by Leon Rosenshein

Scheduling Time For Maintenance

This is a real thing you can buy.

Sign that says Warning: If you don't schedule time for maintenance, your equiopment will schedule it for you

Brady is all about labeling for the workplace. They’re primarily aimed at the manufacturing/processing space. They’ve got a product line directed at lean manufacturing techniques, such as those that come out of the Toyota Production System (TPS), which I’ve talked about before. Since a lot of today’s agile and lean software development processes are derived from TPS and lean manufacturing some of them make a lot of sense in the software world as well.

We don’t have machines or storage racks that you could put that sticker on, but putting it somewhere prominent, like on your laptop or next to your monitor, so you don’t forget about it might make sense.

But what does it really mean for software? After all, no matter how many times you run an executable or iterate over a loop the ones don’t wear down to .6 or .7 and the zeros don’t start to fill in and turn into .3 or .4? The code, barring disk errors and cosmic rays, doesn’t change.

There are a few things that maintenance implies with software. Unless you’re running on an embedded system and there is no operating system you’re relying on third party code. And even if your code is perfect there are going to be changes and updates to someone else’s code you want to use. It could be to pick up new features or better performance, or it could be to close a security loophole, like the log4j issue. So there’s always a reason for maintenance.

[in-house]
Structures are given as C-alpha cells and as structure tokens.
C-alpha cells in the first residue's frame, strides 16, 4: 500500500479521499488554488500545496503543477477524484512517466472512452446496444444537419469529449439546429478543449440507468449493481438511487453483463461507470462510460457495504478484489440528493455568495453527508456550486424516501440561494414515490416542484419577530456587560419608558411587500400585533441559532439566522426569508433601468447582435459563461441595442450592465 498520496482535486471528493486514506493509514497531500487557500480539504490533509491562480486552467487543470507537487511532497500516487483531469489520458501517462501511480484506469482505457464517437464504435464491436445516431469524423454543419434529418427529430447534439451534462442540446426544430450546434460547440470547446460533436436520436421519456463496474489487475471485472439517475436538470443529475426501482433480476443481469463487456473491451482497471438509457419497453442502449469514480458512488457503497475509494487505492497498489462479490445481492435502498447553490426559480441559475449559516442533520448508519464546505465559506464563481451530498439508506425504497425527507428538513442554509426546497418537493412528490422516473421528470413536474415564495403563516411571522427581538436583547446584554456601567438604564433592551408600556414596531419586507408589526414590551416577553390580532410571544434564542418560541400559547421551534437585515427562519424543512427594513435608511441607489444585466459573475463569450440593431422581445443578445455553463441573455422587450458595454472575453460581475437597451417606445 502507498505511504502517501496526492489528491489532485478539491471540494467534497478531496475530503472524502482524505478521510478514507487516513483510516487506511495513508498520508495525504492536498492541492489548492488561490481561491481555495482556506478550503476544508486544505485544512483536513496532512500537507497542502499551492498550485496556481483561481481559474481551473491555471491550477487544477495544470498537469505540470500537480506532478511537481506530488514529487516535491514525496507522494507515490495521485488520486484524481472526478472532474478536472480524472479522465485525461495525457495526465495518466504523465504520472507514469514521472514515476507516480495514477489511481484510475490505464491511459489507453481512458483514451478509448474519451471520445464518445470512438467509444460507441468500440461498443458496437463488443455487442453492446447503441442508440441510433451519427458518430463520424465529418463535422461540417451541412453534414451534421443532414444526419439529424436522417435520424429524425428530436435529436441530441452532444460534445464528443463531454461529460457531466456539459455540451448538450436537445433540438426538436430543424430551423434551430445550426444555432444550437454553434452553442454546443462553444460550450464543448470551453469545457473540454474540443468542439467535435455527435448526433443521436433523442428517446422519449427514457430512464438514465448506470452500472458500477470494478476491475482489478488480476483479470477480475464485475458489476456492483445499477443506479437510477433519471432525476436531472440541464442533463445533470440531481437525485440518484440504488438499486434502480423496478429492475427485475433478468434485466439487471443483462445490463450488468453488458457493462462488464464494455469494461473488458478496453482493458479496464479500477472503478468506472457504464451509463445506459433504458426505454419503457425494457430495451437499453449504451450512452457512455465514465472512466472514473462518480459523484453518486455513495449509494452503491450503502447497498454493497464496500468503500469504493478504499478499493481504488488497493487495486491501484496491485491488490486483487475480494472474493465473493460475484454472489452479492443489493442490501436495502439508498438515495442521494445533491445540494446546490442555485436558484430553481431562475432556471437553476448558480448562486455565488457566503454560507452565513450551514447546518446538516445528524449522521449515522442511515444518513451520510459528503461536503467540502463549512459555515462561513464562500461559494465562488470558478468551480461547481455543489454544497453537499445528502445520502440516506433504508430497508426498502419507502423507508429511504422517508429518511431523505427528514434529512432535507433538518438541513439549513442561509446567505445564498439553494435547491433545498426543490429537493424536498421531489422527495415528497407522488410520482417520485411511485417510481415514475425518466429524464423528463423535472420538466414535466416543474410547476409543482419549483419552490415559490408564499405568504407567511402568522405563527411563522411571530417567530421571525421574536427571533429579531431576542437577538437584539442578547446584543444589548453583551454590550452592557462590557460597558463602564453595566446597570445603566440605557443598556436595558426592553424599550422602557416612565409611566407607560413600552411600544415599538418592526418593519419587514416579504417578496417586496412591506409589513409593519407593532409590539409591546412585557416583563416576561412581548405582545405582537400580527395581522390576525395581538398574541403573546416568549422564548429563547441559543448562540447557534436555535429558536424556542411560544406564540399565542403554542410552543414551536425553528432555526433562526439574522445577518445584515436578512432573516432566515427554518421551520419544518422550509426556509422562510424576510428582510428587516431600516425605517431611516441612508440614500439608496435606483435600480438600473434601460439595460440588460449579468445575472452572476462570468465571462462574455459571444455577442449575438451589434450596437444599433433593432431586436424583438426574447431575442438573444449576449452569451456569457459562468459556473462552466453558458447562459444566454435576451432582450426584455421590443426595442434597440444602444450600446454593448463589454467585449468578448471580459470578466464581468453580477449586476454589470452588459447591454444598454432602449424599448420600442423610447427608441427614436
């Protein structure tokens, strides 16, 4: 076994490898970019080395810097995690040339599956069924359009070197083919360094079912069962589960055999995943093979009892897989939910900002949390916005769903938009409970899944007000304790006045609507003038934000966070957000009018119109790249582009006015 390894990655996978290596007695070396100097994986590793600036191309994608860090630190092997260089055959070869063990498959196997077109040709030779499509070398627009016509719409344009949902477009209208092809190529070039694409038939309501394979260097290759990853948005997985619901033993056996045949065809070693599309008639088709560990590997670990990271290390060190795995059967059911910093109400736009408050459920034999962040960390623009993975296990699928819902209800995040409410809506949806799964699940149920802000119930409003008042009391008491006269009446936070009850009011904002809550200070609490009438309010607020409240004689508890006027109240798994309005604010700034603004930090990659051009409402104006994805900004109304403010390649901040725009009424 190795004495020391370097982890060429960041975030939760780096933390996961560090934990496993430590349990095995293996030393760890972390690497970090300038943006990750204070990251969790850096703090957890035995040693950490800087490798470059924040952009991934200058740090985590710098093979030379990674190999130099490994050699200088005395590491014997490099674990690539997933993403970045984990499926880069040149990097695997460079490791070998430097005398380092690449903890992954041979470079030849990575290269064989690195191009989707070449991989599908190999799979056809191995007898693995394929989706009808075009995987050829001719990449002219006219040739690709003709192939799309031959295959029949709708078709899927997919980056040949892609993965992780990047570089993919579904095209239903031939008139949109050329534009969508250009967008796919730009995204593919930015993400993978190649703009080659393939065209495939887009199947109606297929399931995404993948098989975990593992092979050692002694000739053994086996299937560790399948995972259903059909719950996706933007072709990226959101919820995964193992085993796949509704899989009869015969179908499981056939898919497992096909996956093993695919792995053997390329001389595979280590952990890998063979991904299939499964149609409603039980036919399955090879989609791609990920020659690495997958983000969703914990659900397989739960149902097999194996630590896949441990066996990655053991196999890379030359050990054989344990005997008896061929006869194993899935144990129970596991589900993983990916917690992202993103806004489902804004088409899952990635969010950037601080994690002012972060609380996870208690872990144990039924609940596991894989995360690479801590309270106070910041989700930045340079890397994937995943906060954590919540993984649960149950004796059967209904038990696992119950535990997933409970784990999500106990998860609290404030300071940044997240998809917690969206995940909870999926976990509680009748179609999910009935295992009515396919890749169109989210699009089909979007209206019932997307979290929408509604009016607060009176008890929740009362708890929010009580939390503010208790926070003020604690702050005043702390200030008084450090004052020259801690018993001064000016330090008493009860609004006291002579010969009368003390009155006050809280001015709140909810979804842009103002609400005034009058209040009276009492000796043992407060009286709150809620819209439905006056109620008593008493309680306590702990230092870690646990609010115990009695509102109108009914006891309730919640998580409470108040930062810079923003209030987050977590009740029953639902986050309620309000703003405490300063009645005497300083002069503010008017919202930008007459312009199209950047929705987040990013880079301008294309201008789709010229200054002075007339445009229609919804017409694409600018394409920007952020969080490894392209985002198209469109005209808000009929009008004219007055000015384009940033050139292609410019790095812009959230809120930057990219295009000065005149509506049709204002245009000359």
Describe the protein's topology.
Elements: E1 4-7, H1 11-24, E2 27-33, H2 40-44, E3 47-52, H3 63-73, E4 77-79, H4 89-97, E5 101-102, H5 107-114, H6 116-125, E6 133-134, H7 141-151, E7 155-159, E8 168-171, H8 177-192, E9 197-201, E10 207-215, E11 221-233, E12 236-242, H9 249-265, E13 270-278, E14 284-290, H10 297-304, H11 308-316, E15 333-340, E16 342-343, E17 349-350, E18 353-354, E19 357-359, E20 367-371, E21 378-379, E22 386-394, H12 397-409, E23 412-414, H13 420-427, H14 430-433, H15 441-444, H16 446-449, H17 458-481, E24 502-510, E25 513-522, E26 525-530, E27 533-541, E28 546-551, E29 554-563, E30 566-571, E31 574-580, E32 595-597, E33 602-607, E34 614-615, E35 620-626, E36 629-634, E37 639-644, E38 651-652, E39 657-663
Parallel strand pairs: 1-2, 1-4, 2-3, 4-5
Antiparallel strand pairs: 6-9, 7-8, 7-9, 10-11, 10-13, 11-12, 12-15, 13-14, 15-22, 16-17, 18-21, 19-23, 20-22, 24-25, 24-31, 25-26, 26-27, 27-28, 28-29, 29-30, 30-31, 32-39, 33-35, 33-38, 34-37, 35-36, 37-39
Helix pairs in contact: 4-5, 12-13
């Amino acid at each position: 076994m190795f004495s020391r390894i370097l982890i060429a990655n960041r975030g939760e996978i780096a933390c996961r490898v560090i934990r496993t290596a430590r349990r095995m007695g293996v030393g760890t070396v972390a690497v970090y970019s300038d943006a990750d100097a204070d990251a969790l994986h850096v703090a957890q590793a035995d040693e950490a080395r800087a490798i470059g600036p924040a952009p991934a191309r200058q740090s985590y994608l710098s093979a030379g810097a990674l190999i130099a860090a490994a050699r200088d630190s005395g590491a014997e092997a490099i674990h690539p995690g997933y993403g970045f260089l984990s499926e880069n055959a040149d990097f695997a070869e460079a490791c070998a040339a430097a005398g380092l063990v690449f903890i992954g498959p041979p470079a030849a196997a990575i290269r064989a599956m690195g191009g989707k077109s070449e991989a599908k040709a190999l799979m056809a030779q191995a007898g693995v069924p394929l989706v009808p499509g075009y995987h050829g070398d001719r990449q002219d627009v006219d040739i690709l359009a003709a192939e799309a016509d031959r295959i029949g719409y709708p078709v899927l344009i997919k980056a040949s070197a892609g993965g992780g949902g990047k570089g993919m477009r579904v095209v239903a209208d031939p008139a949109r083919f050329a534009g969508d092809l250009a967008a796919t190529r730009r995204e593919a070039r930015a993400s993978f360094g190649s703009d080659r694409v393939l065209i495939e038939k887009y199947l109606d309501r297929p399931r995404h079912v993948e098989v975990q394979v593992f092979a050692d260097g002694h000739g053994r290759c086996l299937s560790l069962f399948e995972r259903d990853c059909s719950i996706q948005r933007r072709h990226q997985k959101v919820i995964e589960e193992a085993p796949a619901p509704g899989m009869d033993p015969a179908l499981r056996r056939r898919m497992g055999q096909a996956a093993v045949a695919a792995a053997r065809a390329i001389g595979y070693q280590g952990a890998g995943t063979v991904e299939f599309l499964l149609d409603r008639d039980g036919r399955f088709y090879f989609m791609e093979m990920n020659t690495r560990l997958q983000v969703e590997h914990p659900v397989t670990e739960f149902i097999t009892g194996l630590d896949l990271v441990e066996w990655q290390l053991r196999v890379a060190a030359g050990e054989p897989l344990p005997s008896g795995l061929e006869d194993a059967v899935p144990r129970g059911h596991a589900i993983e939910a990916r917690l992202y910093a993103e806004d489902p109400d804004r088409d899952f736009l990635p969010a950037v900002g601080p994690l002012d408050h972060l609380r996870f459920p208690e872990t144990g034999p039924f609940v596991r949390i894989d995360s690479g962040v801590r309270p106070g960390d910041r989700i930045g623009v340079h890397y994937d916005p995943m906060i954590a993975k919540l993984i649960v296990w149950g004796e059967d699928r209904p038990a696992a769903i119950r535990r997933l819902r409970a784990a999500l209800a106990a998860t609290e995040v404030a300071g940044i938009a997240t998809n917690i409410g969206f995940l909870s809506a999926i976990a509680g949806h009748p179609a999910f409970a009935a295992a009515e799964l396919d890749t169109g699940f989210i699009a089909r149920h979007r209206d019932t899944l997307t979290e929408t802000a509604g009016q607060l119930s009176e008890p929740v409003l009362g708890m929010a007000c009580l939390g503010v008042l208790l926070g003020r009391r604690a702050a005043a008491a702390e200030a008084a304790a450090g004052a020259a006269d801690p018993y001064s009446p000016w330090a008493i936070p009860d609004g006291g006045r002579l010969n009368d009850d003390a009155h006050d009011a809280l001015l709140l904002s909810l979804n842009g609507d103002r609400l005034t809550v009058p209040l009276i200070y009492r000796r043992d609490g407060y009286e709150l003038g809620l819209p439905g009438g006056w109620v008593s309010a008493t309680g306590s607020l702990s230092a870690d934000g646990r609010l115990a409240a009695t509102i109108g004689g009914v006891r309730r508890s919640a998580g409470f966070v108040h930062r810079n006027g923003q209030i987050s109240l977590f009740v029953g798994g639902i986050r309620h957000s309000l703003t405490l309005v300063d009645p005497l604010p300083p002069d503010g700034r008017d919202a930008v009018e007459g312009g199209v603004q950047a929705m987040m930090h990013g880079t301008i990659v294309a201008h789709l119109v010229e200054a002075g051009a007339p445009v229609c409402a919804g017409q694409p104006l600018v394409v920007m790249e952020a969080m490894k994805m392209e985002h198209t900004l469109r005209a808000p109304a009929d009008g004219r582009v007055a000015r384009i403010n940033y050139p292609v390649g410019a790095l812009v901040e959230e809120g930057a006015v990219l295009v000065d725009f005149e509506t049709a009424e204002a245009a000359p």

Even without those reasons for maintenance, you probably want to do something to the code. Add a feature. Respond to new business requirements. Reduce support burden. All of those things are maintenance. And sometimes, to enable that kind of maintenance, you need to do internal work. To keep the external software quality (ESQ) high, you need to work on the internal software quality (see ISQ vs ESQ).

That’s where scheduled maintenance comes in. Doing the extra work so you can do the required work. The unseen work that lets you keep your velocity up. The unseen work that lets you respond to changes in the environment quickly. The unseen work that lets you add value.

Which means there is value in that unseen work. So don’t skimp on it.